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Announcing Transactional Actions in Gadget



Gadget now offers built-in transaction support, as well as the ability to toggle transactions on and off, as needed.




Announcing Transactional Actions in Gadget

Harry Brundage
April 4, 2022

Transactions are units of work that you want the database to treat as an indivisible whole: either all of the database changes take place, or none of them. Gadget now offers built-in transaction support, as well as the ability to toggle transactions on and off, as needed.


It’s not uncommon to write code that touches multiple pieces of data at once. Real world processes often tend to need this: when you purchase from an online store, the order is created at the same time as inventory being deducted. You don’t want to deduct the inventory if the order doesn’t go through (e.g. payment failure). To support this, backends typically use database transactions that wrap a set of changes and commit them to the database at the same time. 

Starting today, all Gadget Actions come with built-in transactionality that can be toggled on and off. Gadget’s database transactions wrap the entire effect stack so that either all or none of your changes commit together. This includes any database changes made by your JavaScript code files. 

When two or more actions are invoked together in a single API call, Gadget wraps them in a database transaction which guarantees they’ll be atomic. For example, if we were to make an API call to create a blog post record and related image records (stored in a separate, related model), we would use Gadget’s nested actions as follows:

mutation {
    post: {
      title: "A new post"
      images: [
        { create: { url: "" } }
        { create: { url: "" } }
  ) {
    post {
      images {
        edges {
          node {

If either of our blog post images fail to save, say because a validation deemed the image to be too big, then the whole transaction will abort and neither the blog post nor the image records will be saved. This saves you from having to write any clean up code, because your database never commits the changes unless all of the changes are successful.

In the Gadget framework, the Run, Success, and Failure effect stacks each come with their own transaction boundary.  By default, Run Effects are transactional, whereas Success and Failure Effects are not. You can change the transactionality of any effect stack in Gadget by toggling the transaction icon.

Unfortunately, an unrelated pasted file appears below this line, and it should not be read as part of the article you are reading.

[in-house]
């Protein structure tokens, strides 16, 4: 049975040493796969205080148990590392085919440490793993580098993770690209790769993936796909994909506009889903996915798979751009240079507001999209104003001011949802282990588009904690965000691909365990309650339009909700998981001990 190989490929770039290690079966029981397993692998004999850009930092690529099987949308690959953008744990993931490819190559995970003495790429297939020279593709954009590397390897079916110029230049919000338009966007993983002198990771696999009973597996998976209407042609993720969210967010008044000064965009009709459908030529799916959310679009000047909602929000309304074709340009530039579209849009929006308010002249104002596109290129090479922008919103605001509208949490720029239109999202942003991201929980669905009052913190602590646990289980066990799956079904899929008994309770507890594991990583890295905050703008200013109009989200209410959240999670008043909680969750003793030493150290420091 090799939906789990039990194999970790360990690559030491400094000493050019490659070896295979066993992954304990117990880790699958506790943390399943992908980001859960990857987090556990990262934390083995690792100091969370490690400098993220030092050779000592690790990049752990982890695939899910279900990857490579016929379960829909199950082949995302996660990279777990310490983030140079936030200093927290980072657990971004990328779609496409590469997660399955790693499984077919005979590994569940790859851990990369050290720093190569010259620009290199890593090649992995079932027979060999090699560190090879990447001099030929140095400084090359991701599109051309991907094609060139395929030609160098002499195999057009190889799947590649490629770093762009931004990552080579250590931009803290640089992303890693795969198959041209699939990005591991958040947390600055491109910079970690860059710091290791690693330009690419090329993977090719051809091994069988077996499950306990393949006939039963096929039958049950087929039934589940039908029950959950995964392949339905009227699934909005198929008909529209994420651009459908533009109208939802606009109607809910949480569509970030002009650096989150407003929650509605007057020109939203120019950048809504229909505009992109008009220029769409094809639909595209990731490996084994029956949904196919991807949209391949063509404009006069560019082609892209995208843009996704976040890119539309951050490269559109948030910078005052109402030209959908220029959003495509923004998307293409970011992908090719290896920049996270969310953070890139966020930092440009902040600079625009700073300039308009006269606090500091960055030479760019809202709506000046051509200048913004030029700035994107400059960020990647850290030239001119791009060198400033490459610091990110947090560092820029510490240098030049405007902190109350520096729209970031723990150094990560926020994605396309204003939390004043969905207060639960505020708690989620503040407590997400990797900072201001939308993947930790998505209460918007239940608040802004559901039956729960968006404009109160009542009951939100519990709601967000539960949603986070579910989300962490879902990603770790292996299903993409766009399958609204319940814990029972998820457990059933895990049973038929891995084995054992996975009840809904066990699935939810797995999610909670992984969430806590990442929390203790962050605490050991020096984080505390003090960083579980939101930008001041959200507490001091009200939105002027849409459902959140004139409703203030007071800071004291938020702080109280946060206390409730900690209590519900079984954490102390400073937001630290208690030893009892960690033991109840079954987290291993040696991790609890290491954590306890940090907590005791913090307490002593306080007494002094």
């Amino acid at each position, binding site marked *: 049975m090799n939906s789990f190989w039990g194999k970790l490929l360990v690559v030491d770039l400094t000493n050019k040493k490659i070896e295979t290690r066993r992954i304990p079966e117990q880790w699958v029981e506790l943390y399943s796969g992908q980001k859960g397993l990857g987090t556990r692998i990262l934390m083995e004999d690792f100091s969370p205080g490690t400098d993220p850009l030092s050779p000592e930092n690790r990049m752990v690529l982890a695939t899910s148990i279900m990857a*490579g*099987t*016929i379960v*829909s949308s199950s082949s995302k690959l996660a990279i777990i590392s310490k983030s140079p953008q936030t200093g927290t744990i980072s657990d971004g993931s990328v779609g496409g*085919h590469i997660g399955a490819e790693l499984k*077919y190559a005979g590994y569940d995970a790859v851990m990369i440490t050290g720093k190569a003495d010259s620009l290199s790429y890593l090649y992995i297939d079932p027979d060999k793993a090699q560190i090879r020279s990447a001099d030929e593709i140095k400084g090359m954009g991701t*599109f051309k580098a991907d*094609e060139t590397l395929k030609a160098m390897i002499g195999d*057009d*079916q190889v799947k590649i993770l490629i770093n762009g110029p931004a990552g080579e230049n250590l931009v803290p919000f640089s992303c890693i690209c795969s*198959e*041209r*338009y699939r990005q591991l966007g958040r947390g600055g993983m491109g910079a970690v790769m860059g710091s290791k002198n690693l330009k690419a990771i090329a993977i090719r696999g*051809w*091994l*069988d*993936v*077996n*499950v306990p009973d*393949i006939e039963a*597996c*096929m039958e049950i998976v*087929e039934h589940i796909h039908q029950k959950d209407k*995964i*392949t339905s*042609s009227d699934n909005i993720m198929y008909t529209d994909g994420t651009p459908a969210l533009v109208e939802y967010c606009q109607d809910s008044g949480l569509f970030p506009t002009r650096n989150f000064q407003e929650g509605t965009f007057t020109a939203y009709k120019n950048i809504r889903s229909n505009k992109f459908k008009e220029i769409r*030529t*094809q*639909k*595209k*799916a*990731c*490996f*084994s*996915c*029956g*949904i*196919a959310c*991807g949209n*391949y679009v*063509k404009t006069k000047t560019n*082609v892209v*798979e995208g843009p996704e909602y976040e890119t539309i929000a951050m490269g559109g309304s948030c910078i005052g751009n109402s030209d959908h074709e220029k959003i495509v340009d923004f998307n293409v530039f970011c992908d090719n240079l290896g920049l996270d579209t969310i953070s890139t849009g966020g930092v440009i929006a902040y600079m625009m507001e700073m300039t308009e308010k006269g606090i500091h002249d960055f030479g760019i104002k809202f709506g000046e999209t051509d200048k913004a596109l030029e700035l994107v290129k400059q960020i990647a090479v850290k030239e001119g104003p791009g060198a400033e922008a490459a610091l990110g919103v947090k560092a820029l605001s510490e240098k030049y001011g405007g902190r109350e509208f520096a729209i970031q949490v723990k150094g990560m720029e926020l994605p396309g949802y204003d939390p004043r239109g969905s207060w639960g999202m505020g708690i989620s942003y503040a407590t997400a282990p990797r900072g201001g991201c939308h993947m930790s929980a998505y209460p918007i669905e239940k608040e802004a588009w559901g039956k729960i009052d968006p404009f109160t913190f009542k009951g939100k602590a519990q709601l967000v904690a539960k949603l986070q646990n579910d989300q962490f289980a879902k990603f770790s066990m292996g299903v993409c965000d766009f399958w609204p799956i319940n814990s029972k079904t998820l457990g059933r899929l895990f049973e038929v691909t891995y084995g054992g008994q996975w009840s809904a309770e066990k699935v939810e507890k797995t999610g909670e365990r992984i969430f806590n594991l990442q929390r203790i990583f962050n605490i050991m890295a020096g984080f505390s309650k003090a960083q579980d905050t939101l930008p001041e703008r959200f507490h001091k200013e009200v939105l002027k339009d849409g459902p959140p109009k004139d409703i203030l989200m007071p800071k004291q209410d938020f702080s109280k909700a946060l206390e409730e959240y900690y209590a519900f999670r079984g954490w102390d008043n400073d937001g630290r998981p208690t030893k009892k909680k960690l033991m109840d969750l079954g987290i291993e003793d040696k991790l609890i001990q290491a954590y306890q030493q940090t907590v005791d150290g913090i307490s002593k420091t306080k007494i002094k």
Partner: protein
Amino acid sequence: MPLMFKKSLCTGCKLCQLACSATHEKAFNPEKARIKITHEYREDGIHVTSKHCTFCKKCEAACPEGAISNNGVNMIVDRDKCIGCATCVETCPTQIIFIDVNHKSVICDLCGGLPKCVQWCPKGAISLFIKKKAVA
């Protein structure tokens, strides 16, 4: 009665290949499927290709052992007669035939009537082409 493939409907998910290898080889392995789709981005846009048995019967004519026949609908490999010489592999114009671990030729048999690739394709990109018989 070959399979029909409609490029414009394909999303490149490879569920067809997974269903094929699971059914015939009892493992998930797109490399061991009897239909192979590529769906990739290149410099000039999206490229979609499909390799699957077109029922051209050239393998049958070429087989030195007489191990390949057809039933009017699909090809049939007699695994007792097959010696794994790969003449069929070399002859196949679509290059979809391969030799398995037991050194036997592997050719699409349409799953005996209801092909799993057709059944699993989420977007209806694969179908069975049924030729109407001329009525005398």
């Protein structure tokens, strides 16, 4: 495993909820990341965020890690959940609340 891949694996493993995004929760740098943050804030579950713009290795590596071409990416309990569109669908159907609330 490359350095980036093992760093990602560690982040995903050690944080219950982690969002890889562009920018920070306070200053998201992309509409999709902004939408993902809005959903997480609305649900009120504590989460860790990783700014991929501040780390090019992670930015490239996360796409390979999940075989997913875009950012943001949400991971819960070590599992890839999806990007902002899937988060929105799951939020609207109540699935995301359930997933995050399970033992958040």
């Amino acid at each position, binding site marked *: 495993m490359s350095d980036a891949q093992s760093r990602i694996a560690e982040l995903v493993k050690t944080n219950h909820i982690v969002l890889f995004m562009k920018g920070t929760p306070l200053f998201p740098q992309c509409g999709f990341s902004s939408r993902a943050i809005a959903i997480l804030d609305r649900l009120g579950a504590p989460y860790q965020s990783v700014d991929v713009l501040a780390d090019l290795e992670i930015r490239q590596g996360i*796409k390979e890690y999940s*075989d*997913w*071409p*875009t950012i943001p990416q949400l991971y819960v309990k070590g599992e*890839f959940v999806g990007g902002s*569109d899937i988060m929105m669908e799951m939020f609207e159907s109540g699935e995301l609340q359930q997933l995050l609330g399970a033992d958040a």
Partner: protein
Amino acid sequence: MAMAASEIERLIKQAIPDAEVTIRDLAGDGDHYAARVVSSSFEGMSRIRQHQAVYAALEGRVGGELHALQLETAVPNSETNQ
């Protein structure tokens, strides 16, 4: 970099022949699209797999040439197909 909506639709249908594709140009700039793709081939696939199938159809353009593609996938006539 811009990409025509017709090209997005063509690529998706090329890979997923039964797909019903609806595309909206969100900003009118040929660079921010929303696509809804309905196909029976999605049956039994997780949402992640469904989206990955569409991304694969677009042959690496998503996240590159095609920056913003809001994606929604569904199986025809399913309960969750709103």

Gadget transactions have a 5 second timeout, in order to preserve scalability. This should be long enough for most Actions, but if you’re working with external APIs or high volumes of data, it can be convenient to turn off this transaction to avoid the timeout, and instead manage transactions yourself with the explicit api.transaction wrapper. 

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Under the hood

Full transaction support in Gadget’s API is unlike many of the backend-as-a-service systems you see on the market today. Transactions are hard to implement securely for platforms, and hard to scale as applications get bigger, but they are really important for building scaling software. There are workarounds that avoid the need for transactions, but they require developers to bend over backwards to accommodate the underlying database, spending a huge amount of time worrying about data consistency and fixing bugs instead of building features.

Gadget implements transactions using websockets. When you write a code effect that works with the api object in Gadget, that object is communicating with the backend over a stateful websocket connection, instead of making HTTP calls for each individual operation. The websocket allows us to ensure that the same backend database connection is used for all the work one request might do, and to ensure that we properly close or abort database transactions when things fail. Websocket connections reuse the same GraphQL schema generated for each app, exposed over HTTP, so that everything you might want to do with the <inline-code>api<inline-code> object works both inside or outside a transaction.

We use `graphql-ws` to power our GraphQL-over-websocket implementation, and it’s been quite a bit of work to productionize this approach. Stateful connections like this are always a pain in the modern world of stateless cattle-not-pets services. We’ve invested heavily in our load balancing approach, database scalability, and tracing setup to ensure we can scale transaction throughput as Gadget grows.

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